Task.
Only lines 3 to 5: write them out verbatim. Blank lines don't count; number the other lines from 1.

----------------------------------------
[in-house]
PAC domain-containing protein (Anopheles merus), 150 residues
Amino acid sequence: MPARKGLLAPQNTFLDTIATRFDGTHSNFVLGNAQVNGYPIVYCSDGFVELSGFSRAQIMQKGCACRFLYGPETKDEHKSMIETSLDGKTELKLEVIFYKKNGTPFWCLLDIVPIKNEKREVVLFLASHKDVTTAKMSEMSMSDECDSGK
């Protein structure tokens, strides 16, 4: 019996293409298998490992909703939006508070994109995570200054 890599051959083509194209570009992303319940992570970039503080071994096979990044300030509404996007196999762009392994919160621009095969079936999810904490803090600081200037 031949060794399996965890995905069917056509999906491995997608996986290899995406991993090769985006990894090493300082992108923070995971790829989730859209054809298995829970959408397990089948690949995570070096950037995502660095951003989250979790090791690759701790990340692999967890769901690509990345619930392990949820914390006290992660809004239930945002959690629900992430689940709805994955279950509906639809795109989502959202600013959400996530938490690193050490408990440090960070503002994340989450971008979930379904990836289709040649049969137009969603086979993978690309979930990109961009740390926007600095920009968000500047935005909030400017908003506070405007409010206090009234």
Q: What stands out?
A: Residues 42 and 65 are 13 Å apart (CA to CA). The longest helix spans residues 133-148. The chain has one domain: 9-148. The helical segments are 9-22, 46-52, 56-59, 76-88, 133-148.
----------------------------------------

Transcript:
Amino acid sequence: MPARKGLLAPQNTFLDTIATRFDGTHSNFVLGNAQVNGYPIVYCSDGFVELSGFSRAQIMQKGCACRFLYGPETKDEHKSMIETSLDGKTELKLEVIFYKKNGTPFWCLLDIVPIKNEKREVVLFLASHKDVTTAKMSEMSMSDECDSGK
């Protein structure tokens, strides 16, 4: 019996293409298998490992909703939006508070994109995570200054 890599051959083509194209570009992303319940992570970039503080071994096979990044300030509404996007196999762009392994919160621009095969079936999810904490803090600081200037 031949060794399996965890995905069917056509999906491995997608996986290899995406991993090769985006990894090493300082992108923070995971790829989730859209054809298995829970959408397990089948690949995570070096950037995502660095951003989250979790090791690759701790990340692999967890769901690509990345619930392990949820914390006290992660809004239930945002959690629900992430689940709805994955279950509906639809795109989502959202600013959400996530938490690193050490408990440090960070503002994340989450971008979930379904990836289709040649049969137009969603086979993978690309979930990109961009740390926007600095920009968000500047935005909030400017908003506070405007409010206090009234």
Q: What stands out?